Poker Coverage: Poker Legislation Poker Tournaments U.S. Poker Markets Sports Betting European Poker Tour Grand Final - Season II

A Young American - Jeff Williams (19 years old) - Wins the Sophomore Seeason Championship


Final TableThe second edition of the European Poker Tour Grand Final in Monte Carlo attracted 298 players looking for fortune in a place where it has been sought for centuries. The €10,000 buy-in ensured that the winner would walk away with a first-place prize of €900,000. In a trend that was divergent from Season I, no champion from the season’s first six events was present in the final eight, but an impressive group had emerged (which featured four players who qualified online with PokerStars).

A small group of international stars cashed on the way to the final table by finishing in the top 27. They included Ben Grundy (9th), who just missed making his second final table in as many years at the Grand Final, Thomas Wahlroos (10th), Mark Teltscher (11th), Martin Wendt (21st) who cashed for the second year in a row at the Grand Final, and Dario Minieri (22nd).

Here is how things looked at the start of the final table:

Seat 1: Marc Karam (Canada) 231,900
Seat 2: Marcel Luske (Netherlands) 486,000
Seat 3: Jeff Williams (USA) 495, 700
Seat 4: Ross Boatman (UK) 119,700
Seat 5: Thierry Cazals (France) 766,650
Seat 6: Arshad Hussain (UK) 131,600
Seat 7: Fraser Dunphy (UK) 125,600
Seat 8: Aleksander Strandli (Norway) 633,500

The start of this final table was defined by players surviving on the edge – Fraser Dunphy doubled up on the short stack just two hands into play, and this pattern was repeated by Ross Boatman 20 minutes later, and Arshad Hussain 45 minutes after that. The pattern was finally broken when Dunphy was all in with pocket aces against Jeff William’s pocket tens and a 10 fell on the flop. Dunphy was sent home in eighth place, and Marcel Luske fell in seventh place after a dog fight between him and the young Canadian, Marc Karam, went the wrong way for the Dutchman. Boatman was the next to go in sixth place, when he tried to steal a pot with 10-6, only to have Hussain wake up behind him with pocket jacks.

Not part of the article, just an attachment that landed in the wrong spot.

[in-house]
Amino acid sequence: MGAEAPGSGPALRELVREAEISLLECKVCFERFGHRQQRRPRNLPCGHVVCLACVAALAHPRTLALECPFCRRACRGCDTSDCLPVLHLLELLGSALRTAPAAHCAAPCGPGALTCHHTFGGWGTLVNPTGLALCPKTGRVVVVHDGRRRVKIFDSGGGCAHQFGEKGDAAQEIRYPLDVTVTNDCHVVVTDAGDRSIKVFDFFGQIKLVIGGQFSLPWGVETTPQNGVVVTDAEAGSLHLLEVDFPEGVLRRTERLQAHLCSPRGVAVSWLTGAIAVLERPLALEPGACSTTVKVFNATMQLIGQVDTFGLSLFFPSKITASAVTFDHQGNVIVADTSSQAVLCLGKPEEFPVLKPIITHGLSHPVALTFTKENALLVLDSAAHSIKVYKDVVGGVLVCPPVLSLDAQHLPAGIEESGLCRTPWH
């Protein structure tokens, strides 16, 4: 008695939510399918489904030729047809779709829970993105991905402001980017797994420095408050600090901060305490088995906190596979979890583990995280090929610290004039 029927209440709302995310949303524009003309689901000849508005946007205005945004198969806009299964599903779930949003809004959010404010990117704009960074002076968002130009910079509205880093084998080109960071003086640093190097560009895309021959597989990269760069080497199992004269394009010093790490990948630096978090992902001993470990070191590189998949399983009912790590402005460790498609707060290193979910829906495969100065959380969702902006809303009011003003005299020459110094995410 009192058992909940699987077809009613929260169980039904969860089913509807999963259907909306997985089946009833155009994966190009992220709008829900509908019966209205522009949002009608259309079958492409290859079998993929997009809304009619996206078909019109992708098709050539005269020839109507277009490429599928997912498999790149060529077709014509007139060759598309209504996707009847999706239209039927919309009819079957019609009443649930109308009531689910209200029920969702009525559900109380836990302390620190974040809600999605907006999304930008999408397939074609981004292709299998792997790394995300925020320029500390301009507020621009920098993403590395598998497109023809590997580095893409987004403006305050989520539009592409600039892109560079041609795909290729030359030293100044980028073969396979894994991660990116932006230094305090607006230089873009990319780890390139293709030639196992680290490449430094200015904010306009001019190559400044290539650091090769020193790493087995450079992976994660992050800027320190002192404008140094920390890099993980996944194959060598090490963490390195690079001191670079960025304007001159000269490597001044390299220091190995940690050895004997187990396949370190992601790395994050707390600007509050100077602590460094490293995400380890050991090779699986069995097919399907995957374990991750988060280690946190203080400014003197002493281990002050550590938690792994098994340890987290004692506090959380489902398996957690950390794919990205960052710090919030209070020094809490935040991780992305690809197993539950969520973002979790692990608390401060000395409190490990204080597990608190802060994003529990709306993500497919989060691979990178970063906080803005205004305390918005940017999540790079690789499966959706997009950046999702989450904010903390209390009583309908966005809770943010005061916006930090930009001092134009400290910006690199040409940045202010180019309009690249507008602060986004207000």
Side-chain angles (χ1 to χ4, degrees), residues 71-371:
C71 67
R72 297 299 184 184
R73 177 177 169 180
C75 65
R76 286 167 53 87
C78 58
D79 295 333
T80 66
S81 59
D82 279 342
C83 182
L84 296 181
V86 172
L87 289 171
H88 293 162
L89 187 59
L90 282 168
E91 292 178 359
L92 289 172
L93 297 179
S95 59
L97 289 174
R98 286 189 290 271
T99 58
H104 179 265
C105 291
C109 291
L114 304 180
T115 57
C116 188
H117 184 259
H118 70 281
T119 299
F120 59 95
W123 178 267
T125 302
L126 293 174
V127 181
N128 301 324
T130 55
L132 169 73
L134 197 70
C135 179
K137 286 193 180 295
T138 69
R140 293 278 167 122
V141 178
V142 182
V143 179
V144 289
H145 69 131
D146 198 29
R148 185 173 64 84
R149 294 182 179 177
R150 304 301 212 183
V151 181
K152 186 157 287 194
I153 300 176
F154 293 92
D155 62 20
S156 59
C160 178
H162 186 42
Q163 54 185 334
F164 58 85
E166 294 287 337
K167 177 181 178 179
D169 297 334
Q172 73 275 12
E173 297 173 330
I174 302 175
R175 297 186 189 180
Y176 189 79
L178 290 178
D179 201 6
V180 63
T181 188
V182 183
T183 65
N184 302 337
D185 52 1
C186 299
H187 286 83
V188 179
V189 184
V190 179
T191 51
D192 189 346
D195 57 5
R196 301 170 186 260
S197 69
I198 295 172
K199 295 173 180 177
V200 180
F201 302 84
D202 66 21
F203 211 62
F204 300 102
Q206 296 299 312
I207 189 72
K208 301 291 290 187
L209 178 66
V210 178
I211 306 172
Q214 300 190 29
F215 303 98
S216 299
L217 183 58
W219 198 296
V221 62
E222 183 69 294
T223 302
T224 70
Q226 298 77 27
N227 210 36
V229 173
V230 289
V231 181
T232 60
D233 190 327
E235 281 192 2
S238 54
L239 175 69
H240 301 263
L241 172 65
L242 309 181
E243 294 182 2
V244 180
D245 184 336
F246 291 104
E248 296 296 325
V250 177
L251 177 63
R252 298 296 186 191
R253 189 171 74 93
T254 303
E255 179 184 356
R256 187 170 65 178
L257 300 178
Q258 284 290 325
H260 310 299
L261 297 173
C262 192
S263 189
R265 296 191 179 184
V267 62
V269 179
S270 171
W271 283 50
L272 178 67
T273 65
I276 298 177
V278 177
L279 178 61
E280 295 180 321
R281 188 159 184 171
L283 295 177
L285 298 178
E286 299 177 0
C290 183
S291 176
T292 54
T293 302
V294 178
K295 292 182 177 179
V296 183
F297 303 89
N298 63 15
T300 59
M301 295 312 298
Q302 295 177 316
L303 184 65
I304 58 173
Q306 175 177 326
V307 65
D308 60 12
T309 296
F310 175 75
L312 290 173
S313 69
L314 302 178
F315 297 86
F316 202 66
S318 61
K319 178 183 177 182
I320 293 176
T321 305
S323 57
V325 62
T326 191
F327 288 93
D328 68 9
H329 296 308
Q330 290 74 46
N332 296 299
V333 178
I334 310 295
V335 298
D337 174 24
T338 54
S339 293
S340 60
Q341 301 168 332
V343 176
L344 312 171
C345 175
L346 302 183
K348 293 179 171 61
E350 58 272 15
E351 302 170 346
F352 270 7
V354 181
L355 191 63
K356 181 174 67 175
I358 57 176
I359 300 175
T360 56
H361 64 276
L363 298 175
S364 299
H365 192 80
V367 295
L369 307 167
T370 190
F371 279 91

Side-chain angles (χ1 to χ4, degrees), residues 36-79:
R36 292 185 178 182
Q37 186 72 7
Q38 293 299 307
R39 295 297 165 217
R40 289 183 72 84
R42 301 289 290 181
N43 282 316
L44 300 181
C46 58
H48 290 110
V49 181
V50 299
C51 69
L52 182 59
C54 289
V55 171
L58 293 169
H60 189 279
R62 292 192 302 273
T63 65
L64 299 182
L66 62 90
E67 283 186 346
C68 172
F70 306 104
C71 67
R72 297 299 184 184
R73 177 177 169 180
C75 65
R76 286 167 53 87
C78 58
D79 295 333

A long period without a major hand led into the dinner break, and followed for a short time after it concluded until Thierry Cazals was all in and had Williams dominated with A-10 against A-4 pre-flop. But, by the river Williams had a flush, and Cazals was flushed from the tournament in fifth place. The final four players who remained at this point had all qualified online with PokerStars, and they looked to further their profits on a minimal investment.

Karam was the first of these four to hit the rail after he tried to pick off a bluff by Williams, and lost, which left him short-stacked and all in with 8-5 offsuit a few hands later. Williams called him down with a pair of nines and eliminated Karam in fourth place. Shortly after three-handed action began, the largest hand at the final table transpired between the two largest chip stacks remaining. Aleksander Strandli called all in with K-8 against Williams, who held Q-10, and he was looking good to take the chip lead. Until, a 10 fell on the river and Strandli was eliminated in third place in excruciating fashion. This gave Williams an overwhelming chip lead for the heads-up match.

Jeff Williams The lead proved to be too much to overcome, and although Hussain got his money in with a solid heads-up hand (A-8), Williams had him dominated (A-10). A board of 9-7-5-7-3 kept things interesting, but Hussain missed his outs and was eliminated in second place. This gave the 19-year old Williams his first major tournament victory, and €900,000. The EPT had crowned its second Grand Final champion.

Here are the final-table results:

1st:  Jeff Williams - €900,000
2nd: Arshad Hussain - €492,000
3rd: Aleksander Strandli - €251,000
4th: Marc Karam - €195,000
5th: Thierry Cazals - €168,000
6th: Ross Boatman - €140,000
7th: Marcel Luske - €112,000
8th: Fraser Dunphy - €84,000